Alison Mallett, 4th February 1928 – Tues 24th May 2022

Alison Mallett passed away peacefully on Tuesday 24th May 2022 at her beloved home, Lurley Manor, in Devon. She had lived in this ancient listed building, with her wonderful husband Tony, for many years.

Alison was born on 4th February 1928 in Kuala Lumpur, Malaya. She spent some of her childhood years in Antigua. Back in England during the Second World War she recalled cowering under the bed in their Hampshire home listening to the Doodlebug bombs falling nearby.

Alison was sent for her secondary education to Bedales, the free-spirited Hampshire school with its Credo of ‘Head, Hand and Heart’ and where intelligence, individuality and initiative mattered. She loved music, played lacrosse and cricket, and was Captain of Girls Athletics.

Alison went up to Oxford to read Modern Languages at Lady Margaret Hall on a Scholarship from Sarawak. She graduated with an MA in Modern Languages and a Lacrosse half blue. At that time women only received half blues although nowadays it is a blue for lacrosse. This was quite an achievement at a time when women were ‘worth only half a man’, as Alison liked to point out. She was fluent in French, German, and later, after studying at Exeter University and in Florence, Italian.

At Oxford she developed her lifelong love of music and became part of a talented circle of musicians who remained among her closest friends for the rest of her life. Following Oxford she went into The Colonial Office.

Alison and I first met in 1989 when we had both recently moved to Devon. We shared a mutual love of music. My diary of 8th December 1989 shows that on that very day we met at my home to play Piano Trios together. She was on cello and I on piano. We loved the great works of Beethoven, Mendelssohn, Brahms and Schubert. Alison often mentioned that if she were to have another life, she would be a professional cellist.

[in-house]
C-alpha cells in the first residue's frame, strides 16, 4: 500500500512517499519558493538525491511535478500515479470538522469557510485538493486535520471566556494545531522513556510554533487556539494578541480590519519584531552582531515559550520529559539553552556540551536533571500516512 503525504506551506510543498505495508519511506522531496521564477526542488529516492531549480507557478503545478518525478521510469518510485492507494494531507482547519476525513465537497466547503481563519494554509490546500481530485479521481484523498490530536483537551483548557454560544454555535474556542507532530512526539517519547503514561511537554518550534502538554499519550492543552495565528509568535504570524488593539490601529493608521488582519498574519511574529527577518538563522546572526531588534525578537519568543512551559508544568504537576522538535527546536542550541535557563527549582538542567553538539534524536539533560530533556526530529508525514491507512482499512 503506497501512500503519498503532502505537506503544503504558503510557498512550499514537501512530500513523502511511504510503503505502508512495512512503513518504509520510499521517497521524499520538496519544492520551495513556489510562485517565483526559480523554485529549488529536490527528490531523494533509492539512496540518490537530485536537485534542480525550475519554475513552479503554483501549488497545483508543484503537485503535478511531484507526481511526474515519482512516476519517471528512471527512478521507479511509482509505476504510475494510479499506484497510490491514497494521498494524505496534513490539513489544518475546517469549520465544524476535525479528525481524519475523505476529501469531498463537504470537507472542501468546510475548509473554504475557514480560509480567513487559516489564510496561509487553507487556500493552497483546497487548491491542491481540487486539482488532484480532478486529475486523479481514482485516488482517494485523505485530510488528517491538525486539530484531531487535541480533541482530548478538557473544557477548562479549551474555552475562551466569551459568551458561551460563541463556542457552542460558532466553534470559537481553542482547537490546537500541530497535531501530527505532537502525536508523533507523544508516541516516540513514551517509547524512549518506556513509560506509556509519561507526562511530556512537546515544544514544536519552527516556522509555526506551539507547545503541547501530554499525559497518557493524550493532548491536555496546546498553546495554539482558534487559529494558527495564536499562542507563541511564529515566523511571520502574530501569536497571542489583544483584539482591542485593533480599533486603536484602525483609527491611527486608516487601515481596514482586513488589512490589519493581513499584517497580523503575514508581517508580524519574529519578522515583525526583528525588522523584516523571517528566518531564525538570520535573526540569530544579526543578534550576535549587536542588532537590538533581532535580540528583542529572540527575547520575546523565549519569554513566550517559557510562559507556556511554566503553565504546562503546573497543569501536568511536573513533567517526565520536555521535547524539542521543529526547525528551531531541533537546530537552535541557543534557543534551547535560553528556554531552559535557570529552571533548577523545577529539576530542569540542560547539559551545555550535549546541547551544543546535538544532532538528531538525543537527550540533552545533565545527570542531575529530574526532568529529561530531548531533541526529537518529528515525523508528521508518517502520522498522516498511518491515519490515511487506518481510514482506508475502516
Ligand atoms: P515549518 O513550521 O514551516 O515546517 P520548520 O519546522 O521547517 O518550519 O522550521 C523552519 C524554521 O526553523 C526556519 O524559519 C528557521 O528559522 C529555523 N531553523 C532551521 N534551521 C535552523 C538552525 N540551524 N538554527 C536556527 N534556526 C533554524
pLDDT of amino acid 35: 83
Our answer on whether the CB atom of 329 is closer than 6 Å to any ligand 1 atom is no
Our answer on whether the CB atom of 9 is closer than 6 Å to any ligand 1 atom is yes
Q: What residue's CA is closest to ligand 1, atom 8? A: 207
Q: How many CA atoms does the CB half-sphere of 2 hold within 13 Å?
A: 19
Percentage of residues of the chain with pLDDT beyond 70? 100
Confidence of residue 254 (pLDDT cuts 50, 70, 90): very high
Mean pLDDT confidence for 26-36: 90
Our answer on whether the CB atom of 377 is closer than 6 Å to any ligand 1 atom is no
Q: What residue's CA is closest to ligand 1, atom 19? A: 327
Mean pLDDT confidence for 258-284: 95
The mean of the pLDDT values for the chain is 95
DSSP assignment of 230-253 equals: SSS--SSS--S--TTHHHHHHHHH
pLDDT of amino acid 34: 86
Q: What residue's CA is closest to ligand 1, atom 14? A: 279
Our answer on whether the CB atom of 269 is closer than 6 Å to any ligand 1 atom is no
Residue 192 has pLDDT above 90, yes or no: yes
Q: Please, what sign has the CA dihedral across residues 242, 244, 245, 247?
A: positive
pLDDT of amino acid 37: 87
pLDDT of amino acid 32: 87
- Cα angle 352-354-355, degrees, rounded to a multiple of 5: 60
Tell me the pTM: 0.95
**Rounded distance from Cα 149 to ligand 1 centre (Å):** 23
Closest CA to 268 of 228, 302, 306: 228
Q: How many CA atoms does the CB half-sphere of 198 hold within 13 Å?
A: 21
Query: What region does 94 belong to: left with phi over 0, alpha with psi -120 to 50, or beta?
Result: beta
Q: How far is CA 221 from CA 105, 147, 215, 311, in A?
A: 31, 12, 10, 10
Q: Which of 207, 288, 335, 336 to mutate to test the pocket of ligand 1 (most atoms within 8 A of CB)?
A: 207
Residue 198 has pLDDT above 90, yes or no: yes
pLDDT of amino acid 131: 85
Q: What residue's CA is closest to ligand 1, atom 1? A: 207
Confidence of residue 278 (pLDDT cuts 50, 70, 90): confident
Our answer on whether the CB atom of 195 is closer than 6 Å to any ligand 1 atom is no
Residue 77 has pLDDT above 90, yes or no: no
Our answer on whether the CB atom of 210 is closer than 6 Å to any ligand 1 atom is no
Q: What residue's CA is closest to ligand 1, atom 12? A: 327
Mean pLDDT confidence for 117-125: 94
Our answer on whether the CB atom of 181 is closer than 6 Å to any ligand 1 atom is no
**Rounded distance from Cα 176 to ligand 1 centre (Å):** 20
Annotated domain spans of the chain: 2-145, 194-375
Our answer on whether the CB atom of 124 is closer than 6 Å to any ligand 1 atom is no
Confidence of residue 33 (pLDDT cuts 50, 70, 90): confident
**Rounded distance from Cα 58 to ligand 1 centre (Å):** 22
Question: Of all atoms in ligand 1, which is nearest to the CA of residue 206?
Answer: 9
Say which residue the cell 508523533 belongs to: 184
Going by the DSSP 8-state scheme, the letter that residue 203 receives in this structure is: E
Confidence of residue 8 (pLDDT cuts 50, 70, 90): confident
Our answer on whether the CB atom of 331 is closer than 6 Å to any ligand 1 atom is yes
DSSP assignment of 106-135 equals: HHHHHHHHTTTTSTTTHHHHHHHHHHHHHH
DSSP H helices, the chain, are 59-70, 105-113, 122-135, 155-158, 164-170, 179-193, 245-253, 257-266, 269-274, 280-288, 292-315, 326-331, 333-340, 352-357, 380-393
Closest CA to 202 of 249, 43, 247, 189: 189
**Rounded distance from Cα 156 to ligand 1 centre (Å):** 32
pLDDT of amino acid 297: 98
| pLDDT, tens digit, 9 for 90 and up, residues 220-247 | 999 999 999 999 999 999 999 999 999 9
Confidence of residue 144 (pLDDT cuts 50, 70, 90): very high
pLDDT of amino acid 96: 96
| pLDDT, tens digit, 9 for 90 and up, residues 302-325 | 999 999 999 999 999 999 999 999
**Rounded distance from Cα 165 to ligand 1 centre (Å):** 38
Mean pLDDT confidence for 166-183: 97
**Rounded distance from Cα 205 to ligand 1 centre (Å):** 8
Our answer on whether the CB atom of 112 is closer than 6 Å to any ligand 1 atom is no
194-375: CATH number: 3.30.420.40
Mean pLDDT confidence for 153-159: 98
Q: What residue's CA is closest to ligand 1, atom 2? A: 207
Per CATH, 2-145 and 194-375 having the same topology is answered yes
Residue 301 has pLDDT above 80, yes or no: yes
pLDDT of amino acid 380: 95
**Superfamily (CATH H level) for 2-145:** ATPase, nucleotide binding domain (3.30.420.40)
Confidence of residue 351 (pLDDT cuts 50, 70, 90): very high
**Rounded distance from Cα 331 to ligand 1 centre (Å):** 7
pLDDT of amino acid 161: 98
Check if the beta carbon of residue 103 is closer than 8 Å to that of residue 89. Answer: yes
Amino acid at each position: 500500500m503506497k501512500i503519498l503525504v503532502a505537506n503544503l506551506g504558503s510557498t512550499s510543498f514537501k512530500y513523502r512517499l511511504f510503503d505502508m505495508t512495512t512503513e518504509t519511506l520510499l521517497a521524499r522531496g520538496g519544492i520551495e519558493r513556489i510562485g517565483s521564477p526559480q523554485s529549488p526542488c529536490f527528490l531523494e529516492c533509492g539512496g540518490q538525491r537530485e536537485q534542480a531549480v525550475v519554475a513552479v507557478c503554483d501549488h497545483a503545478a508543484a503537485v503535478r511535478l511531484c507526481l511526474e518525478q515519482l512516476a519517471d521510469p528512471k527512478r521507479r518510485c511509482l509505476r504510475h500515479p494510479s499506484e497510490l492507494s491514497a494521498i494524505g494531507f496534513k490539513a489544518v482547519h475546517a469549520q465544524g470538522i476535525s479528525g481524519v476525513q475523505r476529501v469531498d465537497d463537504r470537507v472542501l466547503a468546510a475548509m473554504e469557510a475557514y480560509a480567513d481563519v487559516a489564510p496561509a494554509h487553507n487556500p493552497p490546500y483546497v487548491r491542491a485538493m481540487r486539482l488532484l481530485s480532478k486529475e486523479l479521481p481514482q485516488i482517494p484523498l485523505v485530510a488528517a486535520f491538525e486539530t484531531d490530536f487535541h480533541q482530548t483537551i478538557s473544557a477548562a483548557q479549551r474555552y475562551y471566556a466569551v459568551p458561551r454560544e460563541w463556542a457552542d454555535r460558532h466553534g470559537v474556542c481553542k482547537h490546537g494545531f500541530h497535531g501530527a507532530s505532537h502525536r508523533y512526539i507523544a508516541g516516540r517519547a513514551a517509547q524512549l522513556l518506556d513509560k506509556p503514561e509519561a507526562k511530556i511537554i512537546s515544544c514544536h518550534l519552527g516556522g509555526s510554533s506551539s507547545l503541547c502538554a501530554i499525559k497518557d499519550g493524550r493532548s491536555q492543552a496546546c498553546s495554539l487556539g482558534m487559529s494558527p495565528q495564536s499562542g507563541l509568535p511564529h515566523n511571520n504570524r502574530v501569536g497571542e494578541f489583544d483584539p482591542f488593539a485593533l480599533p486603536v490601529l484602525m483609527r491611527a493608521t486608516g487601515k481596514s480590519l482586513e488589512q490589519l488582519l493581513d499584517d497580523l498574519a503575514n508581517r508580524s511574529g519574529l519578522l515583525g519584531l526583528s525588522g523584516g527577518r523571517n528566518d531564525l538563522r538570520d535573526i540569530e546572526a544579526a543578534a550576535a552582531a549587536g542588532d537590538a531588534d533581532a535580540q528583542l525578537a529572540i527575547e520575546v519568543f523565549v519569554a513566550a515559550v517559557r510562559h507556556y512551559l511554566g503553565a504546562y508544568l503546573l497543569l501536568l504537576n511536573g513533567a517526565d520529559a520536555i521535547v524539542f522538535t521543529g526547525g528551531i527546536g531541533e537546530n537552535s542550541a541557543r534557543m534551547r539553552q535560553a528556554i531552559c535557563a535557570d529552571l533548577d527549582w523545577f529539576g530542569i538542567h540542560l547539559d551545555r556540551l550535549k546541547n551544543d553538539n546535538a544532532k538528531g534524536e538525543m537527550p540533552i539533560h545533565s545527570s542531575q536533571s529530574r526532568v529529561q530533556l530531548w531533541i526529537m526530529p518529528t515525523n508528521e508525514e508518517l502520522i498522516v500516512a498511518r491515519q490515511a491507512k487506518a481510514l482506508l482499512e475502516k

Around that time we encountered Dr John Byrt, a brilliant professional musician who had been an Oxford Don, a repetiteur at Glyndebourne and a member of the Early Music group, Musica Reservata. As a result of ill health John moved to Devon where he taught at the local college, ran a choir and set up an early music group of singers and instrumentalists named the Lowman Consort. Alison and I both became part of the ensemble and fell in love with viols, harpsichords and recorders. The Consort performed regularly throughout the year in churches and stately homes around Devon. Alison bought herself a beautiful bass viol made by the renowned local maker, Jane Julier.

Alison also played in many smaller viol consorts throughout Devon, Somerset and Gloucestershire. She was invited each summer to play in Alison Crum’s prestigious viol course at Charney Manor near Oxford.

She set up a local viol playing consort that often met at her home. Each week groups of friends visited Lurley Manor to play wonderful music written for viol consorts and the afternoon finished with a delicious tea, laughter and sometimes a small glass of whisky. Friday afternoons became a sacred time to Alison when she could sit down with friends and play the music she loved so much. She also organised evenings of poetry and music at her home and invited old Oxford colleagues as well as her newer local musicians.

Alison was also a great lover of literature and gardening. She had a passion for trees and flowers and planted out a beautiful garden at Lurley. She created and conserved the National Collection of geums. She would travel the world looking for new and rare species of plants including visits to the mountains of Bhutan by donkey.

Alison and Tony loved Italy and Scotland and bought houses in both places which they enjoyed visiting and welcoming family and friends.

Alison liked people and having fun. She had a wicked sense of humour and told us many humorous tales from her life as a young student at Oxford, such as swimming in the moat around the Chateau de Chenonceau. When spotted by some young French men she recalled them saying “Mon Dieu! Il y a des nymphes dans l’eau”! She told us of the time in Italy when two young men on a Lambretta tried to snatch her handbag but she would not let go and ran after them hitting them repeatedly with the handbag until they fell from the scooter and ran off with fear and trembling!

Alison will be greatly missed by all her family and friends. I think often of her and of the wonderful afternoons of music and laughter at Lurley.

Marilyn Pocock – September 2022